Trade No. 3: Sign and Trade Collector
The biggest restricting factor in a sign-and-trade is that it hard caps a team at the first tax apron, usually a few million over the luxury tax line. A famous example of this coming into play was when the Golden State Warriors took back D’Angelo Russell in a sign-and-trade in 2019, forcing them to offload Andre Iguodala and spend very judiciously to fill out a roster without hitting that apron, which cannot be exceeded for any reason.
The Cavaliers don’t have to worry about triggering that hard cap, as it’s already in place; by using the Non-Taxpayer Mid-Level Exception to sign Georges Niang they hard-capped themselves; they did the same by using the Bi-Annual Exception on Ty Jerome. No matter what happens, they already need to avoid that first tax apron.
If they’re already fine with the hard cap, then perhaps they go big and target two Charlotte Hornets free agents. In addition to P.J. Washington, Kelly Oubre Jr. is languishing in free agency without a new contract or an obvious landing spot. What if the Cavs sign Washington to that deal starting at $16 million, and Oubre to a three-year, $39 million contract starting at $11.5 million? Such a crazy construction could look something like this:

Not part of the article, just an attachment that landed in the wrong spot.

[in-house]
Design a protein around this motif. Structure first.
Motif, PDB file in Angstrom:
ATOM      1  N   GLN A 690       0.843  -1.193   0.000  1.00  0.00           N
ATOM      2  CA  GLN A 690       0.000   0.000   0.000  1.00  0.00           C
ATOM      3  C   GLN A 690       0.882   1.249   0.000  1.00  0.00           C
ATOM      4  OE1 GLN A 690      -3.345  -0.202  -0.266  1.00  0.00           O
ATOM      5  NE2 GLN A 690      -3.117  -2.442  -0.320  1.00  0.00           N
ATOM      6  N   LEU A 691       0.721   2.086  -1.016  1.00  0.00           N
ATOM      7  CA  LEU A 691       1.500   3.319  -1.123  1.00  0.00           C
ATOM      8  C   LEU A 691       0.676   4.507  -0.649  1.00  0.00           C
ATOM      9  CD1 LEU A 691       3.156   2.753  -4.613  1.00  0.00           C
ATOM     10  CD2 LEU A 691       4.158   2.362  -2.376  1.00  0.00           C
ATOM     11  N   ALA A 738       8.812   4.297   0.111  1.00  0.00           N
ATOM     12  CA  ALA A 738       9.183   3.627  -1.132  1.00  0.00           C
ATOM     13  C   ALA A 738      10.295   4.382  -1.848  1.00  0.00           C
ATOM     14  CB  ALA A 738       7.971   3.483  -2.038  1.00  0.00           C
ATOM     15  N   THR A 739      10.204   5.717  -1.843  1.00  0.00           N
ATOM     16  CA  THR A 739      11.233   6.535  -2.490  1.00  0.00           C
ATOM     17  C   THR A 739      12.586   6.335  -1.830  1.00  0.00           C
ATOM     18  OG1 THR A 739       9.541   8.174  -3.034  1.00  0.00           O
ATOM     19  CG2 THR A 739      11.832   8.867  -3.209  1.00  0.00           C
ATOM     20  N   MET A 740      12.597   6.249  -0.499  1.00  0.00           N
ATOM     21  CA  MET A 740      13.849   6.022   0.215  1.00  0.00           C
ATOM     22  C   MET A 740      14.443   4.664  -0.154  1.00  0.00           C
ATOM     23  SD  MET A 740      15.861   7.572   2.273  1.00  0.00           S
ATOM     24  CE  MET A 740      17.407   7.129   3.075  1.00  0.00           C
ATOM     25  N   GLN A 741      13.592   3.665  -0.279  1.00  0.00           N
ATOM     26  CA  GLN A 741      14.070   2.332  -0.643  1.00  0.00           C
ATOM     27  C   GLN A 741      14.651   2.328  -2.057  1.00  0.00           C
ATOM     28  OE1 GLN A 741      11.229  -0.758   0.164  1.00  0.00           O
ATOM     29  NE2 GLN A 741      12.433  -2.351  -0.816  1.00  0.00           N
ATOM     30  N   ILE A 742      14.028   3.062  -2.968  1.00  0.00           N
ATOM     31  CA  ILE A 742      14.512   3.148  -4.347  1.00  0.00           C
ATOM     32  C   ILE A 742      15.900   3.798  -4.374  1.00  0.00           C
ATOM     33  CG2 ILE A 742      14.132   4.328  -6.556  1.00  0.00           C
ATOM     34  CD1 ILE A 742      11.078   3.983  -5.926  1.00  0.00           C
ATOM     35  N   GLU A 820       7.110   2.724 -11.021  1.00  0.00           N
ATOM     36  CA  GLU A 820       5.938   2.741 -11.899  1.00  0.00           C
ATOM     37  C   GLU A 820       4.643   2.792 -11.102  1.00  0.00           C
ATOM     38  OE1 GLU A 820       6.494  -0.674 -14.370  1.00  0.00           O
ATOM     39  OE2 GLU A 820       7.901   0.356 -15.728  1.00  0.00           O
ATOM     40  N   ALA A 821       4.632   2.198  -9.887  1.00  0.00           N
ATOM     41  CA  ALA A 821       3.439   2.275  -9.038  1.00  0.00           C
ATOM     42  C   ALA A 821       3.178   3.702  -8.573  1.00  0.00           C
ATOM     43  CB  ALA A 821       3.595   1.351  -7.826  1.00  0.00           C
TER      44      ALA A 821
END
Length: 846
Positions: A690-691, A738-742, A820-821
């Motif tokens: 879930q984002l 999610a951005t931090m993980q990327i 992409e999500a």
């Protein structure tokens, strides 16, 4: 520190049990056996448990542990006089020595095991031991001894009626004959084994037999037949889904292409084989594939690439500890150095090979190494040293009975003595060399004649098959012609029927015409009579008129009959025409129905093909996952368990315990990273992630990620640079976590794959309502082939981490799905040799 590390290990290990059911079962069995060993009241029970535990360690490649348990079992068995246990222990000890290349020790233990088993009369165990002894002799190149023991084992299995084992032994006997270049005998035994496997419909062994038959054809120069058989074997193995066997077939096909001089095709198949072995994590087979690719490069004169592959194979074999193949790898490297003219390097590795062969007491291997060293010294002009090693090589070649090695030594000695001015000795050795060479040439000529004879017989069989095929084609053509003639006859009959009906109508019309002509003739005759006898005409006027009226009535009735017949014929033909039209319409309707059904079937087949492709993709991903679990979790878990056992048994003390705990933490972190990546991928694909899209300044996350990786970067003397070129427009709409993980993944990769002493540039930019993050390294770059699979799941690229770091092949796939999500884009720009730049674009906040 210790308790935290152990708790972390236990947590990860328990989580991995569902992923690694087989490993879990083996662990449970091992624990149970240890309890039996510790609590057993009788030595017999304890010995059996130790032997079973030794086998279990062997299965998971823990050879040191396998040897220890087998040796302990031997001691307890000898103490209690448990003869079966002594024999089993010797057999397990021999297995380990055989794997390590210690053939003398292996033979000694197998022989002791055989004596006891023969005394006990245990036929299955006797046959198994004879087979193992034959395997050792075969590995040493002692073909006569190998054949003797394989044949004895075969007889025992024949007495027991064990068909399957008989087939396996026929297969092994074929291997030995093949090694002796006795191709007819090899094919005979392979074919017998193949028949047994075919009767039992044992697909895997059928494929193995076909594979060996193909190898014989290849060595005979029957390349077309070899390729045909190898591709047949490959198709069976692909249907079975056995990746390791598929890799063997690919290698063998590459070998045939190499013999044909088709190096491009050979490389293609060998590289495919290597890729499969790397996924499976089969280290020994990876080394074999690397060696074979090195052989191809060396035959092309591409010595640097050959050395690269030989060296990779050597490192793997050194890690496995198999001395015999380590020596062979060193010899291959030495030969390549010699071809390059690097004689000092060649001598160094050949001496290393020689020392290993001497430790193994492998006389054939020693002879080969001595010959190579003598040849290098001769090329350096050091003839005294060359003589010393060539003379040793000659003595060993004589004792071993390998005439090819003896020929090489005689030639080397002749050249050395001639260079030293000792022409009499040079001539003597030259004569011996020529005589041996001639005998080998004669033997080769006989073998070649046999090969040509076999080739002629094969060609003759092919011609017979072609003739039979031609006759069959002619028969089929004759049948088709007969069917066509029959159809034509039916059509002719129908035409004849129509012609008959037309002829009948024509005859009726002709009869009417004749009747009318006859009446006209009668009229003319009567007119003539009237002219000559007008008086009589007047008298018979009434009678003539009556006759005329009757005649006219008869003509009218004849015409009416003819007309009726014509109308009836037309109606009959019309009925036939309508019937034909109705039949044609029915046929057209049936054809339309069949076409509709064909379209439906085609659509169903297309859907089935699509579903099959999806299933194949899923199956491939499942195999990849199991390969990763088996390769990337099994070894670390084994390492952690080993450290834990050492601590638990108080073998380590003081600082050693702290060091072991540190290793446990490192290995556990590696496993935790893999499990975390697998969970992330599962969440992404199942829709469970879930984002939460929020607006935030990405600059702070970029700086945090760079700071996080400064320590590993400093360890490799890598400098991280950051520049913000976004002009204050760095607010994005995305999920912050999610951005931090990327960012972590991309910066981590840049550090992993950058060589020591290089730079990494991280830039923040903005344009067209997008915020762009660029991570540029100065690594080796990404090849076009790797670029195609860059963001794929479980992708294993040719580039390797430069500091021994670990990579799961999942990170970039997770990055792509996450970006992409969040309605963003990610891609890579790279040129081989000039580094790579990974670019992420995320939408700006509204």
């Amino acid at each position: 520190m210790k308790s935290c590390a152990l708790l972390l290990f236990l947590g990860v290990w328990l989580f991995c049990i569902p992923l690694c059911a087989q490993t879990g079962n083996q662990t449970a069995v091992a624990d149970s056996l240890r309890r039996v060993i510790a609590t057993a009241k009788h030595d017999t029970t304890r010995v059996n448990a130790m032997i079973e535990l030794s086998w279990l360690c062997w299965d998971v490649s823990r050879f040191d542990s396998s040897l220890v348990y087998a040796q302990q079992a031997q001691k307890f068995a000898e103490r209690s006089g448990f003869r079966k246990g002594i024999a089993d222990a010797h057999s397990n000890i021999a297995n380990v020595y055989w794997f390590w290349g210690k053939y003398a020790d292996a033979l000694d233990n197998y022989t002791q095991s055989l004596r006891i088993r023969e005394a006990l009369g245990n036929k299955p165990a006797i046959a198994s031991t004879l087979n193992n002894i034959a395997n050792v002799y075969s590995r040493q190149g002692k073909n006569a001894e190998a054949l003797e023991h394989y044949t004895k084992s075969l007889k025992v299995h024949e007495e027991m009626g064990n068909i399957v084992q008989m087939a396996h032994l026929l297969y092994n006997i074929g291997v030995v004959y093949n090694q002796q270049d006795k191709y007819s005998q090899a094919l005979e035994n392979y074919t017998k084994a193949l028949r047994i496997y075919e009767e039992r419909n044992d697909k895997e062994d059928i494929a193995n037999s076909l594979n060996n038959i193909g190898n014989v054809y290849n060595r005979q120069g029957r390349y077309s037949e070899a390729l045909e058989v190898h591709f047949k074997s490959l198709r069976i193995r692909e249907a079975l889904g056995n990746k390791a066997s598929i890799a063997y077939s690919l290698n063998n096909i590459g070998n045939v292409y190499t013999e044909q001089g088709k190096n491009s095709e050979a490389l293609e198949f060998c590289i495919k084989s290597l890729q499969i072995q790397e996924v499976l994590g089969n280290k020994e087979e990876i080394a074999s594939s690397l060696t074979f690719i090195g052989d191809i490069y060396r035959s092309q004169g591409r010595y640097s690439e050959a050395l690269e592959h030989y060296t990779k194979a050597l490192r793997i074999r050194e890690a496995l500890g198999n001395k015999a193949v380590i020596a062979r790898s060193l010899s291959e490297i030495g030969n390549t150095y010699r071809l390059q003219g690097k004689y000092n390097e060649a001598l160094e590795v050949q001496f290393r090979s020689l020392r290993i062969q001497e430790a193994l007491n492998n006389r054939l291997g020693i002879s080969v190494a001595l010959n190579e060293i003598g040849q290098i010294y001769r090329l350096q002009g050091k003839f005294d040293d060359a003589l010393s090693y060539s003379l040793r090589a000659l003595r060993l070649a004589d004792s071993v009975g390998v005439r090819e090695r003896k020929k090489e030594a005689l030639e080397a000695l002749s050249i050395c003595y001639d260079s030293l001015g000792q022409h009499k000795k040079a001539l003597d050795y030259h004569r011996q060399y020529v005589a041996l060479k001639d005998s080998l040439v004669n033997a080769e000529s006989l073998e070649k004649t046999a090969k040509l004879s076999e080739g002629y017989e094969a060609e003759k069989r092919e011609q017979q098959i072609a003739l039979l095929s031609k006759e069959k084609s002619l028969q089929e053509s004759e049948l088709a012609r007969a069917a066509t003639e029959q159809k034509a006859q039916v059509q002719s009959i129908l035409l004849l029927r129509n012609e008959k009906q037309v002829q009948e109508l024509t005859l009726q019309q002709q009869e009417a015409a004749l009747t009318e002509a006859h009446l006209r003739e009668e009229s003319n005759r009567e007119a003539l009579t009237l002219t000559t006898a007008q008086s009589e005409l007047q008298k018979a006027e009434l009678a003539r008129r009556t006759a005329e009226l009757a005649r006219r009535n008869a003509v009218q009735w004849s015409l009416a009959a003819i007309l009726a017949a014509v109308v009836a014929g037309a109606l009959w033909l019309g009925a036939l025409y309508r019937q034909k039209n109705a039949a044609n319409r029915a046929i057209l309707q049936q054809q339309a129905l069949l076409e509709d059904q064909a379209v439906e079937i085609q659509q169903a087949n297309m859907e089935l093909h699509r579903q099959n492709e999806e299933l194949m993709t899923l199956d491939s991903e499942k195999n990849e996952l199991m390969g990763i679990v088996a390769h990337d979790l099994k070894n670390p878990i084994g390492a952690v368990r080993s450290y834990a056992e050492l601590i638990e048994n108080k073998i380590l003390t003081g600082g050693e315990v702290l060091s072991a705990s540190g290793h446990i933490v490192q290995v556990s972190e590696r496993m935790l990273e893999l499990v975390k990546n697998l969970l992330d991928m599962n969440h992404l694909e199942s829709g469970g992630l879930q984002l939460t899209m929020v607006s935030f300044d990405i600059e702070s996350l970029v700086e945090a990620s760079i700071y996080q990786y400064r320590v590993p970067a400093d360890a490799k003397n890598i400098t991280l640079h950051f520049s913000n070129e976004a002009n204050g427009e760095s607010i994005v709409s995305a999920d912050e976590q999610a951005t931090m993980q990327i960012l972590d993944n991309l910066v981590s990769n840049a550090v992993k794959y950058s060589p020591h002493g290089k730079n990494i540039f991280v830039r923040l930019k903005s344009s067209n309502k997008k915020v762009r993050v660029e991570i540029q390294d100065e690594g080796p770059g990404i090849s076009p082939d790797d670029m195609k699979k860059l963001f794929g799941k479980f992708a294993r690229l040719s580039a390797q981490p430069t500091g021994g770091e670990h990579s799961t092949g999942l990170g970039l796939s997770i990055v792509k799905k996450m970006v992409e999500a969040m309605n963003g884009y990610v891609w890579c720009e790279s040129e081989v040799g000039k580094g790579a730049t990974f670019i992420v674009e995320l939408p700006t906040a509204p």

On the one hand, the Hornets getting back an All-Defense caliber center for two players they didn’t even have under contract is ludicrous. On the other, the Cavaliers have no other viable path to adding two such players at the same time, and this would give them a pair of frontcourt players with real size and two-way ability.
Oubre’s breakout year last season was largely empty calories, and the NBA at large has appeared to notice that and hasn’t handed him a lucrative contract. Even so, he is an above-average shooter and long-limbed defender who would be a positive addition to the Cavaliers’ rotation. The Cavs would also be signing him at a discount to what he was expected to make, which is always a shrewd move.
None of these three trades are crazy, but none of them are sure things, either. The second trade, where the Cavaliers get back a fringe All-Star player in Miles Bridges as well as P.J. Washington, is the best combination of value and upside. It’s unlikely that Cleveland makes any of these deals, but these all illustrate one way to use Allen to get back multiple players.